Psalm 65 speaks in a similar tone.  “You visit the earth and water it, you greatly enrich it; the river of God is full of water; you provide the people with grain . . . You water its furrows abundantly, settling its ridges, softening it with showers, and blessing its growth.  You crown the year with your bounty; your wagon tracks overflow with richness.  The pastures of the wilderness overflow, the hills gird themselves with joy, the meadows clothe themselves with flocks, the valleys deck themselves with grain, they shout and sing together for joy.”  (Psalm 65:9-13)

It would be easy to read into these words a somewhat magical process with no human participation.  We might object to the overemphasis upon wealth and the abundance of nature.  Many go through life barely able to eke out an existence on land with limited productivity.  For whatever time we are able, though, let’s muster the will to read these poetic words as a call to acknowledge that life ultimately emanates from some source beyond us, even beyond our understanding and control---and give thanks.

While the reading from II Corinthians is about being generous and sharing what we have with others, it is clear that God is part of the cycle, God who “is able to provide you with every blessing in abundance . . . He who supplies seed to the sower and bread for food will supply and multiply your seed for sowing and increase the harvest of your righteousness.”  (II Corinthians 9:8 & 10)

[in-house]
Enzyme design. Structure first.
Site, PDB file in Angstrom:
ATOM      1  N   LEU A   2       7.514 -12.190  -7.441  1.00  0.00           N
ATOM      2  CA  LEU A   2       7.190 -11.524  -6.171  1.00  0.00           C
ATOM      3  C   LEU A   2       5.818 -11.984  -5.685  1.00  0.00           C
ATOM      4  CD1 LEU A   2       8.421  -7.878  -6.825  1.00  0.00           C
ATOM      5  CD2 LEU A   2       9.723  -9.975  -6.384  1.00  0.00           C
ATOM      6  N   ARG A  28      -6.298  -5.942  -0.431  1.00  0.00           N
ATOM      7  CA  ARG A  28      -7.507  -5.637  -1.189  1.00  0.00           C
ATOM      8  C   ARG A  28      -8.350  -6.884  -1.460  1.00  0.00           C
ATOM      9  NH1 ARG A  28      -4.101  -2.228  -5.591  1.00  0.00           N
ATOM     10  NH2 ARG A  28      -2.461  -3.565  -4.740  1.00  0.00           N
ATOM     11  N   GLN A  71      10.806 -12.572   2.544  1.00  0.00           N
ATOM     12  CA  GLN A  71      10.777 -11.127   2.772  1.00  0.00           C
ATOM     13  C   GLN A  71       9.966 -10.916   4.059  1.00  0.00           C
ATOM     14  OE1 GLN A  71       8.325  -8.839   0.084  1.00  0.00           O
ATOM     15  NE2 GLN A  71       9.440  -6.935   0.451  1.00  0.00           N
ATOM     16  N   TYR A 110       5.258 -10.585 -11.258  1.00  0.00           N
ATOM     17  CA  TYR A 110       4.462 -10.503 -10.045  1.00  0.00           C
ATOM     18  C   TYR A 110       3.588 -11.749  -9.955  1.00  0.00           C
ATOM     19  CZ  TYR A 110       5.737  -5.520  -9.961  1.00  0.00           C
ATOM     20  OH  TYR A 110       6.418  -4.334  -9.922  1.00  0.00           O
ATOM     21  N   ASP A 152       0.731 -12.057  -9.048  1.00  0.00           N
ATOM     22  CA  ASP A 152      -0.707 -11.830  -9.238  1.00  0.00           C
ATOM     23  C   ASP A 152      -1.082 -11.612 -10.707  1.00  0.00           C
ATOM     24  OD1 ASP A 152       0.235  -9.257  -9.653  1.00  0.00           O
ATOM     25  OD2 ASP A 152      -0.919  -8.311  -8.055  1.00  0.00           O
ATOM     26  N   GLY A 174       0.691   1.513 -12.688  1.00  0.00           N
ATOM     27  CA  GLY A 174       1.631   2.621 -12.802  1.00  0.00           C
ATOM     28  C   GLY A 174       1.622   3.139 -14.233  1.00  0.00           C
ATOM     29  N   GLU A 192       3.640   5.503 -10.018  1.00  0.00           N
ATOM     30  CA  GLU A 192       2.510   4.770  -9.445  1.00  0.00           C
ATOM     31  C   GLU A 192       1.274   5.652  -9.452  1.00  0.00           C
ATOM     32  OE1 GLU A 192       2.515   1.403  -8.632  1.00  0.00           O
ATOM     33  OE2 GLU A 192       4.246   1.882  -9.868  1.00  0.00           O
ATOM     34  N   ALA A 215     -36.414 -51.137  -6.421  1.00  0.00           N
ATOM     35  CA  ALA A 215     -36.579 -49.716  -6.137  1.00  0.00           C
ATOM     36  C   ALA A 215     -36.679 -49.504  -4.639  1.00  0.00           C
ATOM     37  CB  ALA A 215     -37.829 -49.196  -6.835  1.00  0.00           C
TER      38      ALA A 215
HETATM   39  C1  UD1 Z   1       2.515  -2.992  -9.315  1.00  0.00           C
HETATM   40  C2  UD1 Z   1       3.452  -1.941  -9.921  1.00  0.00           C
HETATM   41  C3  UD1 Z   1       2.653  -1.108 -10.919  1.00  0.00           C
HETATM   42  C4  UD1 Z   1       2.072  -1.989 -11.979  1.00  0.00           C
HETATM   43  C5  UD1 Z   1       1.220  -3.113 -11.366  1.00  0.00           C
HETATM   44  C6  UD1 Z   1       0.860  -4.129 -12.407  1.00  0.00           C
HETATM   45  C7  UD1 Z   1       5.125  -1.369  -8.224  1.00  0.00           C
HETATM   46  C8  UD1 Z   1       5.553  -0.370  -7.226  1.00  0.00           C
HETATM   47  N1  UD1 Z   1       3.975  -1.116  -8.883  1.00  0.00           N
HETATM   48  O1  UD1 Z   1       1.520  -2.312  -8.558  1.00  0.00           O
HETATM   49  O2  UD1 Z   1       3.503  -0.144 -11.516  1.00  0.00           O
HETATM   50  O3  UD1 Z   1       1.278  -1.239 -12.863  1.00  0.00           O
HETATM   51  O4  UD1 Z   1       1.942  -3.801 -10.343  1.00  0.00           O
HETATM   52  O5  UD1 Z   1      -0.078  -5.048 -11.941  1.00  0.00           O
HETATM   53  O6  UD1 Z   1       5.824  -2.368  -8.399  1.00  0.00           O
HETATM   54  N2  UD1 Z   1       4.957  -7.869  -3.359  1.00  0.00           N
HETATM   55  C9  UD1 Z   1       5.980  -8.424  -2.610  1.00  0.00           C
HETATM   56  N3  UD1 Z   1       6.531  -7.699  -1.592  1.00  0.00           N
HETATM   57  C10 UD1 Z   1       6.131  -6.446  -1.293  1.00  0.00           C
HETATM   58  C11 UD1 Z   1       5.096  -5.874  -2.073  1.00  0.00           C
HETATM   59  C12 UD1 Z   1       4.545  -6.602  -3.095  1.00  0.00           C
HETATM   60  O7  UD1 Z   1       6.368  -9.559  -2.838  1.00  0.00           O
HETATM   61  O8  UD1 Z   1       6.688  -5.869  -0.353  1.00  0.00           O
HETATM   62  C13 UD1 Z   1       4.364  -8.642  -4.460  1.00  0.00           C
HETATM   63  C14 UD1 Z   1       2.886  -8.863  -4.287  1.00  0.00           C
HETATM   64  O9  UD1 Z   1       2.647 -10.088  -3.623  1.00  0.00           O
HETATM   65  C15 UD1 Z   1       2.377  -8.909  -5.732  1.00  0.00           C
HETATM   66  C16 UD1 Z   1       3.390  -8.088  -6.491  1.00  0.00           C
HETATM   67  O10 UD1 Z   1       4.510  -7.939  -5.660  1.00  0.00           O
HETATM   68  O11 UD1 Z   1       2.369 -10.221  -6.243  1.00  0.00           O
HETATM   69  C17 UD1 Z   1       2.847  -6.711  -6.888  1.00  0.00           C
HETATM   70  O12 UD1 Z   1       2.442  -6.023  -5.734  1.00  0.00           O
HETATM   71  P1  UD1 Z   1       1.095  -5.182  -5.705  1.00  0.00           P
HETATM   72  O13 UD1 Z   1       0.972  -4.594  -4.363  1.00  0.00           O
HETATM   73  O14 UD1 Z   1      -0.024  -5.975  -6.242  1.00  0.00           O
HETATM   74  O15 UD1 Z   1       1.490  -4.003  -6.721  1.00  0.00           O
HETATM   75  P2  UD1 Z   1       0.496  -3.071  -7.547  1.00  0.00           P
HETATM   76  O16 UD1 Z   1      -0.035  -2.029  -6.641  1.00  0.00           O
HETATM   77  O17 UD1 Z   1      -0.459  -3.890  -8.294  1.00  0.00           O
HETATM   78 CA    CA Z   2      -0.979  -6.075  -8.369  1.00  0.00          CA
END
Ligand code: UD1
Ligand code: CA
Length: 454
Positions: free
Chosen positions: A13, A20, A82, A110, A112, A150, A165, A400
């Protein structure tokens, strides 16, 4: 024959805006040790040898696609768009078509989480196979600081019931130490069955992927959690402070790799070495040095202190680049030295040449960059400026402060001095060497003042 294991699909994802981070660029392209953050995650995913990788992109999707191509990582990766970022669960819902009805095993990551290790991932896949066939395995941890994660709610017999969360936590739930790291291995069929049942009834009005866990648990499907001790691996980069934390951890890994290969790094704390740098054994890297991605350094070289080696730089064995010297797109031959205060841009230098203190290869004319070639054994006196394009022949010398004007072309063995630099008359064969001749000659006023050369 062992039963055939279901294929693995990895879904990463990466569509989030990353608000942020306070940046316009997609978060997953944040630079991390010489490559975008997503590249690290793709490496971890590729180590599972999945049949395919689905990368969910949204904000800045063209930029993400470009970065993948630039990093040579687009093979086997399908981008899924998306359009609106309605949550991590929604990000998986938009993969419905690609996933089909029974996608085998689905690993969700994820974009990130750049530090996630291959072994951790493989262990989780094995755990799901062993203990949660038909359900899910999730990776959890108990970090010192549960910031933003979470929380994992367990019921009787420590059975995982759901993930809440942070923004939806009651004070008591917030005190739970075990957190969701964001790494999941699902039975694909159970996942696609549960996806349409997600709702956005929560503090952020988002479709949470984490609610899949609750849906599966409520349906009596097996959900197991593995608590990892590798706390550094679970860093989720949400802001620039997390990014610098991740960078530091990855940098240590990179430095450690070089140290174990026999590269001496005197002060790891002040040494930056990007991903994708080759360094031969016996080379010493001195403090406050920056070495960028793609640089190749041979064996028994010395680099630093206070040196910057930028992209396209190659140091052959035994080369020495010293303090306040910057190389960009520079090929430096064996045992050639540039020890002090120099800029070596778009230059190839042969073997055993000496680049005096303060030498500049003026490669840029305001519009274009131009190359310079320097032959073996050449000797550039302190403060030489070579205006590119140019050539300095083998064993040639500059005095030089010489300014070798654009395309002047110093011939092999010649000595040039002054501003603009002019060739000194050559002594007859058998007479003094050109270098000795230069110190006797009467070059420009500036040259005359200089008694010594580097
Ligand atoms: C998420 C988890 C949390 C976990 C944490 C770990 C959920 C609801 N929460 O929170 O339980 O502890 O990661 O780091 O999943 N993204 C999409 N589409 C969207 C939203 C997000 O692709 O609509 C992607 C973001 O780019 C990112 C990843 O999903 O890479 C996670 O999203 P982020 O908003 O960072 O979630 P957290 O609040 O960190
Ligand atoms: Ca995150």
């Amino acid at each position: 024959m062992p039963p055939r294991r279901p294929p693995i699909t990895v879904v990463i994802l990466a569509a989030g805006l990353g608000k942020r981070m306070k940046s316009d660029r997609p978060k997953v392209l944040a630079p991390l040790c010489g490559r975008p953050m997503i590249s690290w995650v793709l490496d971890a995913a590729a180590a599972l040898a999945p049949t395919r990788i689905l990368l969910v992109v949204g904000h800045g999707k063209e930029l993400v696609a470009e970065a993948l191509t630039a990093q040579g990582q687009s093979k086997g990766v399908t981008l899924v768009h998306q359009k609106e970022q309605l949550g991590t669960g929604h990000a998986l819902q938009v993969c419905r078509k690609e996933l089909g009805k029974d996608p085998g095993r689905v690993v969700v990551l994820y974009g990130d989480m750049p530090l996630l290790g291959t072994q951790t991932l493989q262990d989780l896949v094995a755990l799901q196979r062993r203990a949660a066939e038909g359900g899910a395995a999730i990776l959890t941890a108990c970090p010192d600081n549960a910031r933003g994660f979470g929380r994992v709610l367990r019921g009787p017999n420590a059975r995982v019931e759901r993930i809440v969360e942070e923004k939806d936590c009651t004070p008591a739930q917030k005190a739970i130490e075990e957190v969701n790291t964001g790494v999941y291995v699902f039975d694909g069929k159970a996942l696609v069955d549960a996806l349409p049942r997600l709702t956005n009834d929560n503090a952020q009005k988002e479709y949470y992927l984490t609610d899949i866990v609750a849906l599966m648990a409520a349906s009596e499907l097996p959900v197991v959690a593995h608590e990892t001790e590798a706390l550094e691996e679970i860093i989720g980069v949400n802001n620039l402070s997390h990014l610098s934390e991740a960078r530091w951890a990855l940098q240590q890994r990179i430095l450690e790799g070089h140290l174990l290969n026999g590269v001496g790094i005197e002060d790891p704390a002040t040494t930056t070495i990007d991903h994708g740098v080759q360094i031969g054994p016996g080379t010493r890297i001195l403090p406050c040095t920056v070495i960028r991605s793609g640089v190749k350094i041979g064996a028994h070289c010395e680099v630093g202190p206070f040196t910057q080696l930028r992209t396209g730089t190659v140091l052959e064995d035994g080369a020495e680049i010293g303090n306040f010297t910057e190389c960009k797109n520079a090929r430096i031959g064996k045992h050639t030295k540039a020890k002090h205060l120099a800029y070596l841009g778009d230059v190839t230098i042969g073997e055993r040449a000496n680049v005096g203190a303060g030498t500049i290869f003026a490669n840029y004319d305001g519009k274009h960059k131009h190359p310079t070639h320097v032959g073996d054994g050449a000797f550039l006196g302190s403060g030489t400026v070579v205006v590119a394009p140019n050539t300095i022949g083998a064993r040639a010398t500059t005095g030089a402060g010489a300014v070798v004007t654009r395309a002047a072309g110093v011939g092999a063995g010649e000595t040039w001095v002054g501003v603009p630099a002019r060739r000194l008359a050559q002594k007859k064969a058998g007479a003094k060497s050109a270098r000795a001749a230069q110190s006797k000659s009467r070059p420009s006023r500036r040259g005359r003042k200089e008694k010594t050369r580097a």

The Advent reading from Isaiah is another scene of mountains quaking, of God’s anger, of lives shaking like a leaf.  (Isaiah 64:1, 4, 5-6)  It also speaks of God’s power to deliver and declares, “O Lord, you are our Father; we are the clay, and you are the potter; we are all the work of your hand.”  (vss. 7-8)

The Gospel reading for Thanksgiving Day begins with the healing of ten lepers.  (Luke 17:11-14)  Most of us have been dependent at one time or another upon someone with the power of healing.  Most of you have visited a doctor’s office, I imagine.  I have, sometimes more often than I wanted.  The Advent Psalm also assumes a power of restoration.  “Restore us, O God of hosts; let your face shine, that we may be saved.”  (Psalm 80:7 & 19)

The first Sunday of Advent gives us a reading from I Corinthians in which the gifts of life are seen as coming from “the grace of God,” of our being “enriched” through Christ Jesus, “in speech and knowledge of every kind . . . so that you are not lacking in any spiritual gift. . .  He will also strengthen you to the end.”  (I Corinthians 1:4-5, 7-8)

The story of the lepers emphasizes, on Thanksgiving Day, giving thanks for life-restoring power.  Only one of the lepers, a Samaritan at that, remembers to do it, prostrating himself before Jesus. (Luke 17:16-18)

We are dependent.  Maybe instead of fighting it, we should prostrate ourselves before the mysterious power of Love and Life all around us, and give thanks.

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Kairos-Milwaukie UCC Blog

Reflections on the Revised Common Lectionary by Rev. Rick Skidmore and Rev. Jim Ogden.